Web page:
Strategies for Managing the Wave of Retiring Workers

Bruce Wesner, Life Cycle Engineering
Tags: maintenance and reliability

Senior leaders across a broad array of industries continue to highlight retirements, turnover and succession planning as key issues confronting their organizations. Much has been written and reported on the impending retirement wave of baby boomer workers as one of those areas of concern.

As new generations enter the workforce and older generations remain at work longer, employers must evolve to meet new employee needs. Most solutions involve recruiting tactics for attracting new, younger talent to industry ranks through collaboration with local colleges and technical schools, but what about proactively managing the actual turnover in the workplace? What’s the broader plan for transferring the “tribal knowledge” of departing workers to their replacements?

There are two challenges a turnover strategy must address. The first involves the sheer magnitude of baby boomer retirements underway and on the horizon. Approximately 10,000 baby boomers are retiring every day. At many companies, more than 50 percent of the workforce will be retiring in the next three to five years. Most of these personnel are in key management and supervisory positions with extensive tenure, tribal knowledge and the secrets or tricks to keeping the workplace on pace. How will their knowledge make it to their replacements?


Source: The Learning Café and American Demographics Enterprising Museum

The second challenge involves the next generation of workers and their perspectives on employment and tenure. Demographic and trend studies show that the future will bring fewer loyal workers who dedicate their entire careers to a single workplace. Portable 401(k)s, the extinction of pensions and other “golden handcuff” benefits are among the many factors influencing career mobility. Skilled young production and manufacturing industry workers are also in high demand, so the likelihood of more frequent job-swapping is real.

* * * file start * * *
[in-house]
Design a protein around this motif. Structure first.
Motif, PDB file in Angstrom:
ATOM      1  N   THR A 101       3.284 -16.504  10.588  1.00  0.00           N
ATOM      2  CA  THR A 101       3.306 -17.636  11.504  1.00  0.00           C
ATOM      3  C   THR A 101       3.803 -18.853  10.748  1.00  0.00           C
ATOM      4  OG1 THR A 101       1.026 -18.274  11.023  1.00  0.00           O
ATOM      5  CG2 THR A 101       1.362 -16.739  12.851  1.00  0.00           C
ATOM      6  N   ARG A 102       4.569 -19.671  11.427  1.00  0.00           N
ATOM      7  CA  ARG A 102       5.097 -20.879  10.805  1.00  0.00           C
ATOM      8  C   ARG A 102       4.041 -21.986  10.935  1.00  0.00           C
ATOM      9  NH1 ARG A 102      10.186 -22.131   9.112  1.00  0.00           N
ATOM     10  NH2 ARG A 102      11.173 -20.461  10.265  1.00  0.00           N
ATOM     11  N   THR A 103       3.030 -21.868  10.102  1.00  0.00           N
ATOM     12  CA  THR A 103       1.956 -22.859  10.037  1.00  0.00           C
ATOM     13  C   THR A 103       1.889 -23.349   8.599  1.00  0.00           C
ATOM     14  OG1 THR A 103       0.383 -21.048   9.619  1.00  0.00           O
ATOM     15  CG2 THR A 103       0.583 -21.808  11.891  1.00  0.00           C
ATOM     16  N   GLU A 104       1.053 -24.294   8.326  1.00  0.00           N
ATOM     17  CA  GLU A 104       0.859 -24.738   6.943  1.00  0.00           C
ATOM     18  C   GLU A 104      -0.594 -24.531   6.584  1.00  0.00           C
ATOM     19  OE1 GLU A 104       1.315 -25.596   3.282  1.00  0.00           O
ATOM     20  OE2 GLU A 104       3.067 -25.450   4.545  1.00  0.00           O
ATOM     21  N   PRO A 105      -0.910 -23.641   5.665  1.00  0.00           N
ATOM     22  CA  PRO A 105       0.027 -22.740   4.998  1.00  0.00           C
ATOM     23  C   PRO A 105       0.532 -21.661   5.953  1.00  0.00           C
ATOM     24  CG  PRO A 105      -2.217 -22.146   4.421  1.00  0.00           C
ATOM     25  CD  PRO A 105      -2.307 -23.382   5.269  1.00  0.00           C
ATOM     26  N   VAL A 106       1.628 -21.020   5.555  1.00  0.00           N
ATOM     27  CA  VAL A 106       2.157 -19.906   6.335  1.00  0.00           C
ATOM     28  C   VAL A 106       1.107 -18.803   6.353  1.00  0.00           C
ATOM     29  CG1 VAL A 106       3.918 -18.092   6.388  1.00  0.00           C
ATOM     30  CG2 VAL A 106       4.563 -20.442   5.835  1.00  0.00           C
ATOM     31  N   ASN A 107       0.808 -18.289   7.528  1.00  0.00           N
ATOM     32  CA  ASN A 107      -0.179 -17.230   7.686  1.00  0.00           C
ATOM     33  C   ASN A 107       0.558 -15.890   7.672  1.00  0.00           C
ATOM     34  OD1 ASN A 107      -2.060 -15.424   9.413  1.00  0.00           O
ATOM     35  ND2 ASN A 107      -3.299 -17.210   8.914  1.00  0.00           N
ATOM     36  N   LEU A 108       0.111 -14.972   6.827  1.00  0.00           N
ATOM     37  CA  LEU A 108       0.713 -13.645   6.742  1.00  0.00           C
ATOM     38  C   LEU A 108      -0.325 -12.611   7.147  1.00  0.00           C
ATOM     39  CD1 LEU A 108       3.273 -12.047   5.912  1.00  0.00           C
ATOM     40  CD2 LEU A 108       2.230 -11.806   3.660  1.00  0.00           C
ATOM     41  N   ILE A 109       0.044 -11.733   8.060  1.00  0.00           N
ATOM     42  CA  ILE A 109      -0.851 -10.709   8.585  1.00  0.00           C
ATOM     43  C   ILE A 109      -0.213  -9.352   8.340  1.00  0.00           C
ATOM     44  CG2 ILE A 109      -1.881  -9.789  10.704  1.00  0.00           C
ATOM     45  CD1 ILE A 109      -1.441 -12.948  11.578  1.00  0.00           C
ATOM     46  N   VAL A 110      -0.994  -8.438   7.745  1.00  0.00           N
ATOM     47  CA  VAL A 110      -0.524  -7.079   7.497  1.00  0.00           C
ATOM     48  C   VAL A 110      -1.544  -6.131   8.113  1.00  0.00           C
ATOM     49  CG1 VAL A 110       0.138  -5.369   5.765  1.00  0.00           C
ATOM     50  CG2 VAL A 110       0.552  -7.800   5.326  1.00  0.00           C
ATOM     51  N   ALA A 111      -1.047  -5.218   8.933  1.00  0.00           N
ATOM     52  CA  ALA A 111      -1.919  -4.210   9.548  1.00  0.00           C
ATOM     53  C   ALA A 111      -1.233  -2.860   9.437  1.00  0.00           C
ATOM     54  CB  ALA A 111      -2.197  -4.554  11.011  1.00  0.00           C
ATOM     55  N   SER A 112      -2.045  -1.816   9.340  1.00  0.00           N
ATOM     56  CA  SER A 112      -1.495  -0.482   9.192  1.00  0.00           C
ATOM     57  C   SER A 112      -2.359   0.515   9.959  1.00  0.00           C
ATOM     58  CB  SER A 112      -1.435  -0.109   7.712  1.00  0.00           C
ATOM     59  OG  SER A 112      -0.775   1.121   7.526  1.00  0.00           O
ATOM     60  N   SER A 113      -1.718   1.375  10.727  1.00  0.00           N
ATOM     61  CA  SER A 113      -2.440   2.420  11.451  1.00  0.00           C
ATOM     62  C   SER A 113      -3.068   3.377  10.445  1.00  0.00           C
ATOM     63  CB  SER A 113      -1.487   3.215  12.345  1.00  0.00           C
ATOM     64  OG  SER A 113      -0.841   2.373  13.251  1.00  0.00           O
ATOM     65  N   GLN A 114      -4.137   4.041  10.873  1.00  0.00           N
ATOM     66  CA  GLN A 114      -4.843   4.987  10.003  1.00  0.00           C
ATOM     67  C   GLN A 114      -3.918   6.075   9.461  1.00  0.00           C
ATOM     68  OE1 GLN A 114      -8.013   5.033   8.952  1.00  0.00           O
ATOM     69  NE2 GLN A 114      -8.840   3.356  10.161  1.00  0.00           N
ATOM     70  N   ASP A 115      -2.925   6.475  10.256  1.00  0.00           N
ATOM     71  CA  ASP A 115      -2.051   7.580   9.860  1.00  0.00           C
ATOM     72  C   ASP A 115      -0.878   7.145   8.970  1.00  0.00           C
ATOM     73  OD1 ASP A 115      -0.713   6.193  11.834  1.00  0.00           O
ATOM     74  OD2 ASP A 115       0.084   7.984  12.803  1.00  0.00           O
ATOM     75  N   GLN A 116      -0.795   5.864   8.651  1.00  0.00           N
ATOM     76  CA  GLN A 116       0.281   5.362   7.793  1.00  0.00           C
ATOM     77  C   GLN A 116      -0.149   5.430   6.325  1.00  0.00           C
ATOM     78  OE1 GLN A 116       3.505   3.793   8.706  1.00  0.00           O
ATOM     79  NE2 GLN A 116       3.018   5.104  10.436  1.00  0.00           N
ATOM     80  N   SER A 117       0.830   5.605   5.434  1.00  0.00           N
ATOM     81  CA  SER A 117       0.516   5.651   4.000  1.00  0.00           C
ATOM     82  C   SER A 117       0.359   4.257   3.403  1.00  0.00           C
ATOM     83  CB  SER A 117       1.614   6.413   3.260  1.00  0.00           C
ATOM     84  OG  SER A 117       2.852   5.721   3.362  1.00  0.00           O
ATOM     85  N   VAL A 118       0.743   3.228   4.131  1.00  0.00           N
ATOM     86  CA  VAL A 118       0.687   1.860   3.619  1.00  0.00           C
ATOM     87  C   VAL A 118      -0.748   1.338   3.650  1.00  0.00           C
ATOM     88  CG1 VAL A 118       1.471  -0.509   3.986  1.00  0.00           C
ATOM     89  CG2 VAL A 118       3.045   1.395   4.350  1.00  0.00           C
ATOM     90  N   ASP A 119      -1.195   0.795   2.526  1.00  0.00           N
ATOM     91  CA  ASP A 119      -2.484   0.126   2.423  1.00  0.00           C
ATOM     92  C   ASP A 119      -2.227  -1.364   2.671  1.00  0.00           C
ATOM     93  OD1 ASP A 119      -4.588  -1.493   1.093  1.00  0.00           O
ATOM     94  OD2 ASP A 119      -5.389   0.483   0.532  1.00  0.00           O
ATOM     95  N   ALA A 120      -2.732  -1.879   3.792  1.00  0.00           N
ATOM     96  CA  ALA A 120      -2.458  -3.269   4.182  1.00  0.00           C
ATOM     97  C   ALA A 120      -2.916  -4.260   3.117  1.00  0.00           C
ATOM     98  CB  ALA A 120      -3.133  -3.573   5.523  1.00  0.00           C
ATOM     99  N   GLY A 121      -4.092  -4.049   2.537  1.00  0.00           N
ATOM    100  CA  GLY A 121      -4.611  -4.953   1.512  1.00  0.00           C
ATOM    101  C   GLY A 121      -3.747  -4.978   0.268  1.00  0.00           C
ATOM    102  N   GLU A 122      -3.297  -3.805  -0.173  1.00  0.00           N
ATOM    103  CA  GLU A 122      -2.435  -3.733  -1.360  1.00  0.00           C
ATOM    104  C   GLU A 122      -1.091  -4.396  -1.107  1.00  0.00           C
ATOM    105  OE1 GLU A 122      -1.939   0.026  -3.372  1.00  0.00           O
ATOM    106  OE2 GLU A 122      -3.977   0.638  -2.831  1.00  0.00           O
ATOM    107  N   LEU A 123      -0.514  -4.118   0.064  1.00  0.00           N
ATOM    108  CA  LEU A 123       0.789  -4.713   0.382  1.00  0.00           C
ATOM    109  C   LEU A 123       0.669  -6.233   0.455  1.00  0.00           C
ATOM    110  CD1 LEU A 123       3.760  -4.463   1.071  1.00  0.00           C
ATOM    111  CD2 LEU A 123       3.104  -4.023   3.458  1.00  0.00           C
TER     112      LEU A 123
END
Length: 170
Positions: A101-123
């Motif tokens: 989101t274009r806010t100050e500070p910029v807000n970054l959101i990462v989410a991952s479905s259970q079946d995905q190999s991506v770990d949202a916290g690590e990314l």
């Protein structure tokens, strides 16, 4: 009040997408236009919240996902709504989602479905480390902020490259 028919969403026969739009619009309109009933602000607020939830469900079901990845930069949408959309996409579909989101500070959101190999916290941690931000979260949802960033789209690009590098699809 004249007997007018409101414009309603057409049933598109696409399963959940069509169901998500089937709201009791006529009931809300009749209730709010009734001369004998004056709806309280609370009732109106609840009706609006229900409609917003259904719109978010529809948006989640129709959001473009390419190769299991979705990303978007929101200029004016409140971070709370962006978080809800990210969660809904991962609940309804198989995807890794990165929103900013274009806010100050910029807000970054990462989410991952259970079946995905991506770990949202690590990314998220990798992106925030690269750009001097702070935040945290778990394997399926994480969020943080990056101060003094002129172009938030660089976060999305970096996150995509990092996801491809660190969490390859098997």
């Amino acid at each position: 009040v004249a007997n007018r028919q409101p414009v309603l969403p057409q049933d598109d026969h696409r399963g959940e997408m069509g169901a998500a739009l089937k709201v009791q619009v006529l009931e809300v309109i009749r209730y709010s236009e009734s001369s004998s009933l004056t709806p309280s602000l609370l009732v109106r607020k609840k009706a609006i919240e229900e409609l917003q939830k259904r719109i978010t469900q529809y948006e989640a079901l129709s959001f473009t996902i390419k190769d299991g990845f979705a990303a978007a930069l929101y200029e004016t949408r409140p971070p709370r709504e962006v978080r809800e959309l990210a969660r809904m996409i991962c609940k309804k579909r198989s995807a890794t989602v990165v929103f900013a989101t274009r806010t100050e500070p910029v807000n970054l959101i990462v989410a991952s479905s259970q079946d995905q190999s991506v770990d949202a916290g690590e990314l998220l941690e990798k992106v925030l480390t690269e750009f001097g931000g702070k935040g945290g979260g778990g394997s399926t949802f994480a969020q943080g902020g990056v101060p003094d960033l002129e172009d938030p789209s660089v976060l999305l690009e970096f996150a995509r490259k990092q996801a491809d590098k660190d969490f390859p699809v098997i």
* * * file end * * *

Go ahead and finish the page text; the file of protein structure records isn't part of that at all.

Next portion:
Generations X and Y made up more than 60 percent of the workforce in 2012, and that number will continue to rise. Job tenure fell from 9.2 years in 1983 to less than one-half that (4.1 years) in 2008, and the recent recession likely cut that number further.

A higher cycle of turnover is the new reality. More than 90 percent of millennials (persons born between 1977 and 1998) expect to stay in a job for less than three years. How will your company manage the turnover of key positions every few years as opposed to every decade?

Organizations must understand the dynamics of near and long-term turnover, including how younger generations of workers will impact how you recruit, train and operate, along with the tactics for capturing knowledge from workers approaching retirement before they leave.

Dynamics of Near and Long-term Turnover

To prepare for these changes, companies must first consider their aging workforce and focus on how to capture the tribal knowledge that these workers possess. They must also look at millennials. How do they fit into the workplace? How can you engage them and what are they seeking to attain job satisfaction?

Organizations need to assess their company culture. Culture is sustained by structures, systems and style of leadership. It is “the way we do things around here,” and is taught to the newcomers.